Forest Fires and Meteorological Conditions in South East Asia: 16 May 2000

Forest Fires and MeteorologicalConditions in South East Asia

16 May 2000

Sumatra fires spark haze warning in Singapore
An increasing number of forest fires over the weekend and smoke plumes in central Sumatra might cause some hazy days in the city-state of Singapore. The current situation, however, isn´t that bad as it was in 1997 and 1998 smoke episode. So far Singapore’s air quality has not been affected. More than 90 hotspots had been detected in central Sumatra by satellite images over the last few days, compared to less than 10 previously. Dry southwesterly winds, marking the onset of the monsoon season, increased the region’s susceptibility to fires and were blowing smoke plumes towards the Malacca Straits.

Last, Indonesian fires were causing “moderate” haze in neighbouring Singapore in March, and pollution reached “hazardous” levels in Indonesia’s Riau province.

For the detailed Planet Ark story regarding to the Sumatra fires the GFMC would like to refer to the Recent Media Highlights on Fire, Policies, and Politics:

  • Sumatra fires spark haze warning in Singapore (published by Planet Ark, 16 May 2000)

The Meteorological Service of Singapore reports on 15 May 2000 for the South East Asian region: “Hot spots observed mainly in central Sumatra. Light to moderate smoke haze covers some parts of central Sumatra and the Straits of Malacca.” Forecasts of winds and surface pressure are also available.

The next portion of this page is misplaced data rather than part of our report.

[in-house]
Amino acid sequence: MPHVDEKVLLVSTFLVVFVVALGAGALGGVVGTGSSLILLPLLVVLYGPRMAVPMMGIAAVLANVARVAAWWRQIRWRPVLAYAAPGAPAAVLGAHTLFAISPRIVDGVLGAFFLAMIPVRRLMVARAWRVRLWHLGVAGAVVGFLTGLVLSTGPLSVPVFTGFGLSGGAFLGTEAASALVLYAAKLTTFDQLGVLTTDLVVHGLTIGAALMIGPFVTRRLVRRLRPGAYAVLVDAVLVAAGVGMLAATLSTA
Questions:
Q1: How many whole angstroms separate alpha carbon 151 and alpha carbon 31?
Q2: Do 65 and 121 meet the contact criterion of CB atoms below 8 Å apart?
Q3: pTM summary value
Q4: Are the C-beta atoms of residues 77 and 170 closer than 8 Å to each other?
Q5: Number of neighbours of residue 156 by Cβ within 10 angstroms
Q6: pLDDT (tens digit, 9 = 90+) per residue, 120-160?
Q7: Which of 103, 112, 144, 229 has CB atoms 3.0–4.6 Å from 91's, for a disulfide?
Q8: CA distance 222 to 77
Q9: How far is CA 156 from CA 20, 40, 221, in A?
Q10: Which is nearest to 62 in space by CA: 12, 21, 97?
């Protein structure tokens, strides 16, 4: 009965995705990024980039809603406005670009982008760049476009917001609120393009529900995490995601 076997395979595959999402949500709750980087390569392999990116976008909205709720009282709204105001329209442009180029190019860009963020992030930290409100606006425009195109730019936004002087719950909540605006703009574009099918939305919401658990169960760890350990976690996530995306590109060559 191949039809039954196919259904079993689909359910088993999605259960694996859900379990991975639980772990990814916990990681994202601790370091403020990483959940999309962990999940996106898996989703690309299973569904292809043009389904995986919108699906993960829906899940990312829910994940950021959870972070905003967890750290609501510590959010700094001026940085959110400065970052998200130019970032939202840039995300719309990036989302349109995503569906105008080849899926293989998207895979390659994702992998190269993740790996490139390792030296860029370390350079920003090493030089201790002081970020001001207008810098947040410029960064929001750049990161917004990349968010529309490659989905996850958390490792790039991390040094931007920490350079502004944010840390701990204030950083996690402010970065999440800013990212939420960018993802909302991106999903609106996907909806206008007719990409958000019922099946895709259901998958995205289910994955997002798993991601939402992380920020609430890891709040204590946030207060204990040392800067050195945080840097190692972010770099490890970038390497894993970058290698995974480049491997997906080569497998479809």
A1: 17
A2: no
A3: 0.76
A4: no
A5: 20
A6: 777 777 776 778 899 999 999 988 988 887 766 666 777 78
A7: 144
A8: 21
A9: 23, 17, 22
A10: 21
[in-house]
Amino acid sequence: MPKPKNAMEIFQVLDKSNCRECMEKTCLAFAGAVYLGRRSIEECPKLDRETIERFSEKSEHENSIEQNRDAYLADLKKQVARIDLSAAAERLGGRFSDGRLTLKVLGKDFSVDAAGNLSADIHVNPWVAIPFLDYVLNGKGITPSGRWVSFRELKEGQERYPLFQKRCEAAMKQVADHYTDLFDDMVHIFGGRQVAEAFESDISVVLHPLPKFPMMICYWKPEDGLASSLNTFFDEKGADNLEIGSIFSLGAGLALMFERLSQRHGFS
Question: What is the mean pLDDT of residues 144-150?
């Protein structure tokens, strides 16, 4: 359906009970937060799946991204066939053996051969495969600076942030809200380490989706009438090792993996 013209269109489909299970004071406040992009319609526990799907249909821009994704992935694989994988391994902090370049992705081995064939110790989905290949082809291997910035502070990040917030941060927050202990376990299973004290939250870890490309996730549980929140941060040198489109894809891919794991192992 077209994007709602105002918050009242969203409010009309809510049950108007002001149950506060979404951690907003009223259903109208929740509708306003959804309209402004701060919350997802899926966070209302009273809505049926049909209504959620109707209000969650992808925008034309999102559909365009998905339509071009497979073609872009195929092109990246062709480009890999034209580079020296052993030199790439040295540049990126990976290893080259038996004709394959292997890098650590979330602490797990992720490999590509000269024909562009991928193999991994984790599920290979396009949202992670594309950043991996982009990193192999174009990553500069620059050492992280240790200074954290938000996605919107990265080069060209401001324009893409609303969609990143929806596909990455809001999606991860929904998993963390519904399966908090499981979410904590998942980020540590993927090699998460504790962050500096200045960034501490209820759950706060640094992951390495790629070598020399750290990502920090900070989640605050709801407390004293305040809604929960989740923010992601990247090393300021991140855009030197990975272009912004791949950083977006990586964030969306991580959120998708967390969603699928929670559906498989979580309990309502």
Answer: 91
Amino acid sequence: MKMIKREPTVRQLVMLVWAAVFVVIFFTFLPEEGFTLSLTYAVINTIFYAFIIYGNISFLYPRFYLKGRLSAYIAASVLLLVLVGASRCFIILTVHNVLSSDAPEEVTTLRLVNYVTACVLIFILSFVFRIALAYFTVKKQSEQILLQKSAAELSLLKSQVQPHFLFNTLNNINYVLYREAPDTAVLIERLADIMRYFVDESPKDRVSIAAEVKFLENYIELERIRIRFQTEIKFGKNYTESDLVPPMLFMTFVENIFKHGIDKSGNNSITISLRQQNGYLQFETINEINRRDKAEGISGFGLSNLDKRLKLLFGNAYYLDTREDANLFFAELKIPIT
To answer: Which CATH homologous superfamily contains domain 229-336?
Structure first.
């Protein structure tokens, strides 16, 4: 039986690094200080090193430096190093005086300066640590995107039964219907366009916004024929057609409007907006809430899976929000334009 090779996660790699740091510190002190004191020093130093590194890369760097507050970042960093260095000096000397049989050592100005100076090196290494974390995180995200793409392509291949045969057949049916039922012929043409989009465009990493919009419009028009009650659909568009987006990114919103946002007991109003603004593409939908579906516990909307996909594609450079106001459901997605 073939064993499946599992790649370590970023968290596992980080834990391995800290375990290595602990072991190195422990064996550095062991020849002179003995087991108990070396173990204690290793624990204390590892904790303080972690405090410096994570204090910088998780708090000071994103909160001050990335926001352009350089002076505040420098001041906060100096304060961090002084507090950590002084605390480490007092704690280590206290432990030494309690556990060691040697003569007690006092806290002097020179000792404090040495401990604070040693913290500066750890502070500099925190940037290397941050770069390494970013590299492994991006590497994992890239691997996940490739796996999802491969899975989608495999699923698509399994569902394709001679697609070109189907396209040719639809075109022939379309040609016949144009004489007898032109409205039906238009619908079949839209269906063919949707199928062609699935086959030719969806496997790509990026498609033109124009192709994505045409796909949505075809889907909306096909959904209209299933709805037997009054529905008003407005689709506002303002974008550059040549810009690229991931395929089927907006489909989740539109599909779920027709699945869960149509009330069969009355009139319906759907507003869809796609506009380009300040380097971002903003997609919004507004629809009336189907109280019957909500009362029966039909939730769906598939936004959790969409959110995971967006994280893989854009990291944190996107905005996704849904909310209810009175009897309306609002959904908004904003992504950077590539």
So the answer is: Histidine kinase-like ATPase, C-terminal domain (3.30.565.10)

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Fig. 1. Regional Surface Winds and Haze/Fire Map, 15 May 2000
(Source: Meteorological Service of Singapore)

The latest NOAA14 satellite image shows fire locations in Sumatra. The in the image so called “Hot spots” can be identified as red dots.

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Fig. 2. Latest NOAA Satellite image of Sumatra, 15 May 2000
(Source: Meteorological Service of Singapore)

The Meteorological Service of Singapore also provides rainfall-record charts for selected locations in Sumatra and Kalimantan with information about the mean annual rainfall and the actual monthly and weekly records for this year.

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Fig. 3. Rainfall charts for Sumatra
(Source: Meteorological Service of Singapore)

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Fig. 4. Rainfall charts for Kalimantan
(Source: Meteorological Service of Singapore)

The Forest Fire Prevention and Control Project (FFPCP) in Palembang (Sumatra) provided a fire overview map for Sumatra on 16 May 2000.

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Fig.5. Fire Overview Map of the FFPCP project in Palembang, 16 May 2000. Generally cloudy over Sumatra. A few fires were detected.
(Source: FFPCP)

The GFMC displays selected and daily updated global and Asia-Pacific Experimental Climate Prediction Center (ECPC)  Fire Weather Forecasts (Fig.4-9). These examples allow a quicklook and provide daily and weekly total forecasts, and forecasted monthly totals (for this month). For background information refer to the ECPC products description page.